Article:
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Use History of Art & Architecture Databases to find more on The Otolith Group.
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The Migrant Image: The Art and Politics of Documentary During Global Crisis by
In The Migrant Image, T. J. Demos examines the ways contemporary artists have reinvented documentary practices in their representations of mobile lives: refugees, migrants, the stateless, and the politically dispossessed. He presents a sophisticated analysis of how artists from the United States, Europe, North Africa, and the Middle East depict the often ignored effects of globalization and the ways their works connect viewers to the lived experiences of political and economic crisis. Demos investigates the cinematic approaches that Steve McQueen, the Otolith Group, and Hito Steyerl employ to blur the real and imaginary in their films confronting geopolitical conflicts between North and South.
The Ocean After Nature by
The Ocean After Nature examines the ocean as a site reflecting ecological, political, and economic realities through the work of more than 20 artists and collectives, including Ursula Biemann, Drexciya, CAMP, Peter Hutton, Mati Diop, The Otolith Group, and Ulrike Ottinger.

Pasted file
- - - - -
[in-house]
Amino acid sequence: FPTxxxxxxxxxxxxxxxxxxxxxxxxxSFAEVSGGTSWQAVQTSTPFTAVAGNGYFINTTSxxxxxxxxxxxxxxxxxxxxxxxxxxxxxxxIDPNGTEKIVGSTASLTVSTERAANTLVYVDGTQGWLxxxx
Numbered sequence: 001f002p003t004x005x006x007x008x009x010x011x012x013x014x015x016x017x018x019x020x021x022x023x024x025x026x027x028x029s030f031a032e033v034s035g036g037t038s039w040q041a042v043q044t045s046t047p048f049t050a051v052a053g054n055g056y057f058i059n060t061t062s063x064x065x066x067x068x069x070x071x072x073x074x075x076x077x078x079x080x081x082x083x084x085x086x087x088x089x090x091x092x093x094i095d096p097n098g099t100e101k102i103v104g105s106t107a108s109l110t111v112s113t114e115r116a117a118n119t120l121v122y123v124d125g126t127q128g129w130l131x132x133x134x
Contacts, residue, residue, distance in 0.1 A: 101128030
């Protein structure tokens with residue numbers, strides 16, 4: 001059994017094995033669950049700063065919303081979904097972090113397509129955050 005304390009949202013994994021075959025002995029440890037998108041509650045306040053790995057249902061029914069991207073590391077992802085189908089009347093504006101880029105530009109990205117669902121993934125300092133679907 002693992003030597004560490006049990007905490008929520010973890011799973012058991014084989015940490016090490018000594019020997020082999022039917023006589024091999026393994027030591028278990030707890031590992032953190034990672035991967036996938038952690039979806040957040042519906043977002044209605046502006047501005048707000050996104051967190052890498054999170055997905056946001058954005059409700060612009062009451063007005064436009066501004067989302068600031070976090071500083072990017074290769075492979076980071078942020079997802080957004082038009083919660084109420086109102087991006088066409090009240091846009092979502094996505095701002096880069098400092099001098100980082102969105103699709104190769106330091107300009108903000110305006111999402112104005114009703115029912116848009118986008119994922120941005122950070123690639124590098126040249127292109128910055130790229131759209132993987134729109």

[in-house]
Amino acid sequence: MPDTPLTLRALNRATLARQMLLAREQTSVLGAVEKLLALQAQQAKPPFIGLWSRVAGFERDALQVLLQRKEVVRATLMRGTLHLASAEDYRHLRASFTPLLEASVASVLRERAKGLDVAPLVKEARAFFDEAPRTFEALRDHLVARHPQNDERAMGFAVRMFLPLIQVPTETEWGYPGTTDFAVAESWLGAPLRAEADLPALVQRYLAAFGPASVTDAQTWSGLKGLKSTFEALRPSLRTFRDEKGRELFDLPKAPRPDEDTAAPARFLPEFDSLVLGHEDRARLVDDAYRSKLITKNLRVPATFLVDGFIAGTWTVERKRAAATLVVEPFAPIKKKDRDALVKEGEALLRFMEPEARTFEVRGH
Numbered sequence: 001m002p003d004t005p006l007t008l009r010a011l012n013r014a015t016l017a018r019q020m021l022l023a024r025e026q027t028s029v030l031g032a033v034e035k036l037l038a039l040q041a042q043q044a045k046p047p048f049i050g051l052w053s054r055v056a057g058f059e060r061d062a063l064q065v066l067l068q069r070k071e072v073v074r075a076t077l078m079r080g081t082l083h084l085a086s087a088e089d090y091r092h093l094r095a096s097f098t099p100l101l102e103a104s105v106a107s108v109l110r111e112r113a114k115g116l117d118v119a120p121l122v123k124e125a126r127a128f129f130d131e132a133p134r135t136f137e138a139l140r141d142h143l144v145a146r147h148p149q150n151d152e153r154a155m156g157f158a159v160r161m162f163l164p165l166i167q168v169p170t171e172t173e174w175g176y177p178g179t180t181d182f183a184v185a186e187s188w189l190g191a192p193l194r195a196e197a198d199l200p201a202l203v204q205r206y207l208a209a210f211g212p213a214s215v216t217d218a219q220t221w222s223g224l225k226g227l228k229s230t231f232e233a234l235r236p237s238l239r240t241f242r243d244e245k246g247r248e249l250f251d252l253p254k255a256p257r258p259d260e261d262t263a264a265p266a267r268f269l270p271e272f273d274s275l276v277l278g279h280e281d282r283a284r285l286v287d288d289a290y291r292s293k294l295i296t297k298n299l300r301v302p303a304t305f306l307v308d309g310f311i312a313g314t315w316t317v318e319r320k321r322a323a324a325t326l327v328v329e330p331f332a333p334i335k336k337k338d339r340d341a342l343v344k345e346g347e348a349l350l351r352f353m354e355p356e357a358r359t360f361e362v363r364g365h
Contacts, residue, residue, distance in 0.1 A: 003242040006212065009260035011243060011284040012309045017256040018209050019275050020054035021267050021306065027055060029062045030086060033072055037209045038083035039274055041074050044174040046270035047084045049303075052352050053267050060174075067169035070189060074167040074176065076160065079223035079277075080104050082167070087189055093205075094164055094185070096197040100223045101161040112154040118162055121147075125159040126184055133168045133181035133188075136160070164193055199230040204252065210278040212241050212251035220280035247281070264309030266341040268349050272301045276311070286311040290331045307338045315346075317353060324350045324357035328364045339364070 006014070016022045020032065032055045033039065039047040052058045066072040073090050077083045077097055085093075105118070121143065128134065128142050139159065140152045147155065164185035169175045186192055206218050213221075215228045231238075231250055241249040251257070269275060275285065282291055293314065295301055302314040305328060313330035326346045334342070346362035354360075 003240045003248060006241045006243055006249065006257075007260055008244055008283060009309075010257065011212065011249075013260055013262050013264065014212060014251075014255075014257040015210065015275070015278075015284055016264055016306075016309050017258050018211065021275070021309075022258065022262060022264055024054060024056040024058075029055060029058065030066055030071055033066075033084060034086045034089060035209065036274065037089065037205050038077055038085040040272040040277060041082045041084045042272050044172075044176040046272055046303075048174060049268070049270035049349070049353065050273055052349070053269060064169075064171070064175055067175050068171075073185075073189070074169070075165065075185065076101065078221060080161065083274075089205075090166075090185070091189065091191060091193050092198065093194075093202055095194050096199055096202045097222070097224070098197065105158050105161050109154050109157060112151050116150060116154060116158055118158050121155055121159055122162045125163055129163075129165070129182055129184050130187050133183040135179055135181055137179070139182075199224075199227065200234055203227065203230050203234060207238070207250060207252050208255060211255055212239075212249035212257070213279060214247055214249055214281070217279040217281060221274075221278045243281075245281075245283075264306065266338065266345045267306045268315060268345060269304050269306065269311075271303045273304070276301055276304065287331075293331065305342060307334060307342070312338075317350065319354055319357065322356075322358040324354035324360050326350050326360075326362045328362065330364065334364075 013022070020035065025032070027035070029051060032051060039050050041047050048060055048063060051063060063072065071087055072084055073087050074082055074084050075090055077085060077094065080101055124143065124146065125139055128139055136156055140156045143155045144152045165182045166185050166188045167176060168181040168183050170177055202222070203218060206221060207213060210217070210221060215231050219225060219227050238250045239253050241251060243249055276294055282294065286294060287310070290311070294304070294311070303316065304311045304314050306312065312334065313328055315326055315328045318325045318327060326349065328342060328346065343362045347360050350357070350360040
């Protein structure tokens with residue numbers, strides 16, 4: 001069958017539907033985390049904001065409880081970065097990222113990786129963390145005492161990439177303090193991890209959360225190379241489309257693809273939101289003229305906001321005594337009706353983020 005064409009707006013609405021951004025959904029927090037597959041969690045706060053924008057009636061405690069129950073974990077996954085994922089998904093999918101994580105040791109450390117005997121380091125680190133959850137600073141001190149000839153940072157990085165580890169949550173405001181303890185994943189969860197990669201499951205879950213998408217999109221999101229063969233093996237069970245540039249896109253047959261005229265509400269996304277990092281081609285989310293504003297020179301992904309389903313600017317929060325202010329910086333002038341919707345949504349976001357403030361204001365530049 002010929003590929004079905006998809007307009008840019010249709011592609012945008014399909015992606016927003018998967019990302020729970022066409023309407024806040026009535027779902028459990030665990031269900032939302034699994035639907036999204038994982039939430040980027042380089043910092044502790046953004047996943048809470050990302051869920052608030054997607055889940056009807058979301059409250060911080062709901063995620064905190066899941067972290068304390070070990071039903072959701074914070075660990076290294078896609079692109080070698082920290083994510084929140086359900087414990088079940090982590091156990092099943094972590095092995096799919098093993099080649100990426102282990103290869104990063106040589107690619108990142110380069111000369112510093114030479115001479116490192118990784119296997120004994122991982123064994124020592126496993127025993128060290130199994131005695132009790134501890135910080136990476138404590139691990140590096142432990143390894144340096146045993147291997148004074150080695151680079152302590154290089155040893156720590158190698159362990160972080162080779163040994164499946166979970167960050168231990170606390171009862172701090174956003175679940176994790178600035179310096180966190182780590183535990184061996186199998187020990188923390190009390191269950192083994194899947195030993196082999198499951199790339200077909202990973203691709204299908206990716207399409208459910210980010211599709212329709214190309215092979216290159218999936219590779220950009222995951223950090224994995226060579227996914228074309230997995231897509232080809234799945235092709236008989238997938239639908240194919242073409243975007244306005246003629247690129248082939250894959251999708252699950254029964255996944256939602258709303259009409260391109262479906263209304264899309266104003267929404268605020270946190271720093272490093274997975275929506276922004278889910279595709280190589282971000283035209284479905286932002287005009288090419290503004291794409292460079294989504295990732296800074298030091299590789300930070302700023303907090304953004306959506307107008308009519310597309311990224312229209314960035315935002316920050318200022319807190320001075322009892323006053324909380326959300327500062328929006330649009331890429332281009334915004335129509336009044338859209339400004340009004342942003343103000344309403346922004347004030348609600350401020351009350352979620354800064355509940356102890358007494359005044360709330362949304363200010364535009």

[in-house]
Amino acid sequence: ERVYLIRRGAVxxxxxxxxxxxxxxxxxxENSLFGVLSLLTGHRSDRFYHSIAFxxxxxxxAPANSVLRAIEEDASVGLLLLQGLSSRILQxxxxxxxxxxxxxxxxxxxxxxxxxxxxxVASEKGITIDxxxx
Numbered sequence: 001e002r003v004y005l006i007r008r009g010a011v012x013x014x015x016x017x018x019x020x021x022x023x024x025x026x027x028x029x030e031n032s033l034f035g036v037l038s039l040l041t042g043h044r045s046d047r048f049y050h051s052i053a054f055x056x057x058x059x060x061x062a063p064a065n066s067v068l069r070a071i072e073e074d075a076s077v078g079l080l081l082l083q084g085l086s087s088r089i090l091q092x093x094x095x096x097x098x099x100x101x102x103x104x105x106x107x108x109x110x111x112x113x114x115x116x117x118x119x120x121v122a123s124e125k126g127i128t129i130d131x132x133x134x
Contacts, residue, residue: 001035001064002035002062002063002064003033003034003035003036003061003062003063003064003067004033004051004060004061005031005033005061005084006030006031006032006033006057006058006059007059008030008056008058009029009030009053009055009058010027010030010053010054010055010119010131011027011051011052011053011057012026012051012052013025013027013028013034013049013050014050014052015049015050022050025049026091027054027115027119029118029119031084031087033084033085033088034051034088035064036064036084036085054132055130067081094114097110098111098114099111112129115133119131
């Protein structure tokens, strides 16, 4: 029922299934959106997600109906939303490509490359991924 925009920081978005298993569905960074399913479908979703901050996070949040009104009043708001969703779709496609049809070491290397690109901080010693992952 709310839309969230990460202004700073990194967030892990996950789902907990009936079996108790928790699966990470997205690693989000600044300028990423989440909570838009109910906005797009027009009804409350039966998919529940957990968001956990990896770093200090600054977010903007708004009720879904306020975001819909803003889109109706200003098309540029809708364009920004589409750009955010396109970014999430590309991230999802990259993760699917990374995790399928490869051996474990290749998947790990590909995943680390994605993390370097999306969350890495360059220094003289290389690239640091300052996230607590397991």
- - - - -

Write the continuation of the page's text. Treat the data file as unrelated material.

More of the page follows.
Gestures of Seeing in Film, Video and Drawing by
The first book of its kind, Gestures of Seeing in Film, Video and Drawing engages broadly with the often too neglected yet significant questions of gesture in visual culture. In our turbulent mediasphere, where images are constantly mobilized to enact symbolic forms of warfare and where they get entangled in all kinds of cultural conflicts and controversies, a turn to the gestural life of images seems to promise a particularly pertinent avenue of intellectual inquiry.
The Right to Opacity: On the Otolith Group's "Nervus Rerum."
This article explores the principle of opacity as a tool in films made to highlight perceived injustices of the Palestinian refugee camps. It cites the 2008 film "Nervus Rerum," concerning the Jenin refugee camp in the Palestinian Occupied Territories, which focuses on people in the camp in order to highlight their political non-existence through lack of representation, relying instead on footage of buildings and on interviews with outside personalities.
Apocalypse (Not) Now
From its beginning in the 1940s, the nuclear regime has been the subject of aesthetic as well as political practices and interventions. This article examines a number of such interventions, from the Surrealists via the Situationists to the present. Key figures include The Otolith Group and their responses to Fukushima. Through concepts such as invisibility, survival, and mutation, these practitioners seek to counteract the "insensible" nature of radiation and problematize post-war society's dependency on nuclear deterrence and "peaceful" nuclear technology alike.